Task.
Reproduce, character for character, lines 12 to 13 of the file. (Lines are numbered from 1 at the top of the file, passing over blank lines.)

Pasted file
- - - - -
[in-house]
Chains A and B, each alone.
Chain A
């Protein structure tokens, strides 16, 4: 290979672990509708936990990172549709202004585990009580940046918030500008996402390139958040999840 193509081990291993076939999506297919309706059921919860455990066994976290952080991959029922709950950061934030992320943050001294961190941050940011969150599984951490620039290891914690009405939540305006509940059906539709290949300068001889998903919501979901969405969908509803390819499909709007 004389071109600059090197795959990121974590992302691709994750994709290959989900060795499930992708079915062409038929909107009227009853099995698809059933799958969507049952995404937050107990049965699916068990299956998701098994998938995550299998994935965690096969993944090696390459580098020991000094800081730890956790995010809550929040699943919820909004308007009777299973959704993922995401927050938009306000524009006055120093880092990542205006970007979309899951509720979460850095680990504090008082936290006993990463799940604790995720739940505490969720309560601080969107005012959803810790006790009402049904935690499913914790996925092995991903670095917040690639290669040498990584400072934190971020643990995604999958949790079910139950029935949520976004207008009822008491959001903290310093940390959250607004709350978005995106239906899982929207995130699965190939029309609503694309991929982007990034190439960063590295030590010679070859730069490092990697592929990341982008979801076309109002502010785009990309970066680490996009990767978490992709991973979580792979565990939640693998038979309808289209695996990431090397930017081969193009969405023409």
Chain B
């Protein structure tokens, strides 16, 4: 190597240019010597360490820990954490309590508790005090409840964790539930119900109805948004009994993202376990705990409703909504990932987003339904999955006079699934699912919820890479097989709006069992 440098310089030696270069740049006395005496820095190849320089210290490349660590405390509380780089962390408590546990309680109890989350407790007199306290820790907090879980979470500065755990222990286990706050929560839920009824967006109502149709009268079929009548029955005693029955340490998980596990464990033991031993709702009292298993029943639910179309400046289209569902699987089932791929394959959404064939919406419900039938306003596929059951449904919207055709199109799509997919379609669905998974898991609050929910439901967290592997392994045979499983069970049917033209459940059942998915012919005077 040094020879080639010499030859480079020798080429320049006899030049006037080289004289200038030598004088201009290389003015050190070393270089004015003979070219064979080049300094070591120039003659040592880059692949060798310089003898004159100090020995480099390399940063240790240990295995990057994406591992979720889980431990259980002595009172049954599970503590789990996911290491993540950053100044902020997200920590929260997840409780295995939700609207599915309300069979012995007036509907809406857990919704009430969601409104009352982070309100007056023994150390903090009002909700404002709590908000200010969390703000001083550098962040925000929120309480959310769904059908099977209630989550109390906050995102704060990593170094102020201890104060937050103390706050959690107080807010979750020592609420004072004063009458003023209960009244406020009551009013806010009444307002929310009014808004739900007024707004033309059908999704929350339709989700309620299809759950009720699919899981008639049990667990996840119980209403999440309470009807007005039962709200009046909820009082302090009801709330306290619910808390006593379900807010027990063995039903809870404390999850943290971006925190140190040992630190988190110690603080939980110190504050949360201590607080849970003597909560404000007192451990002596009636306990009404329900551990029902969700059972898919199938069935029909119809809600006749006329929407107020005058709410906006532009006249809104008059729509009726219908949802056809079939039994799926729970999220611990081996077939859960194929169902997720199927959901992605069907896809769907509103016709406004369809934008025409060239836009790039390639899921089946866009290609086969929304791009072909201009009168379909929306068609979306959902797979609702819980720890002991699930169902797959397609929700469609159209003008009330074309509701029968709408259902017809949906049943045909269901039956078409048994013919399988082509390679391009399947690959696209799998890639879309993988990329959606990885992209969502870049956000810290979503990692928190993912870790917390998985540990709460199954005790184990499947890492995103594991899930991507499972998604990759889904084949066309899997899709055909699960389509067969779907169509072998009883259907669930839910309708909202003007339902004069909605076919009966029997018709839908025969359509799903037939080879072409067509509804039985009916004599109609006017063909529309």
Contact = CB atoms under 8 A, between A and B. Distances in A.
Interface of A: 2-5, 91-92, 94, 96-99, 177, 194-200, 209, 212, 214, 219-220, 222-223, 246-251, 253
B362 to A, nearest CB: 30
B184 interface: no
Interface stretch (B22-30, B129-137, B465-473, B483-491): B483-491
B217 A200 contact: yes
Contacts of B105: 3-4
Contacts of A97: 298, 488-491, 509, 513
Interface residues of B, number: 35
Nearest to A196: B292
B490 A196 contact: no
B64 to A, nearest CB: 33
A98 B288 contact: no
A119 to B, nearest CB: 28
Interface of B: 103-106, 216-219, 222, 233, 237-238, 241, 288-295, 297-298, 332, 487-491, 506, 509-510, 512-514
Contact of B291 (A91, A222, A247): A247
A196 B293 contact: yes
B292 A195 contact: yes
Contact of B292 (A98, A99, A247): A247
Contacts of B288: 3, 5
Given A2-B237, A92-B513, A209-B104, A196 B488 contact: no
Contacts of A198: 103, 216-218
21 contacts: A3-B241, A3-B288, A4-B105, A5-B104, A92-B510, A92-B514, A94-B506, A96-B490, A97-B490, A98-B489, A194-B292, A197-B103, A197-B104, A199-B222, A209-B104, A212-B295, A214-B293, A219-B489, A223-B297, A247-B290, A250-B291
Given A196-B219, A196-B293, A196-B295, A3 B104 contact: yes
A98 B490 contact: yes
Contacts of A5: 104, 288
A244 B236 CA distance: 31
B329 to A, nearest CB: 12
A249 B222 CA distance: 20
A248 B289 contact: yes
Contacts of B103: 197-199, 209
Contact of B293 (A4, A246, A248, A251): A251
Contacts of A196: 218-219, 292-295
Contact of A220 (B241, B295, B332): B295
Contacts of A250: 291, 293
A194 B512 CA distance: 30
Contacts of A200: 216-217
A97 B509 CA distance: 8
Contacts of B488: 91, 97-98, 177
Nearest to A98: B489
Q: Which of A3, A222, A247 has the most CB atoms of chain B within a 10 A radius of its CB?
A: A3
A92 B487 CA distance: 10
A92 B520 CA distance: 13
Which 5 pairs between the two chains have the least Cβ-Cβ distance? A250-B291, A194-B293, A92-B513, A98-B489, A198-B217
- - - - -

B217 A200 contact: yes
Contacts of B105: 3-4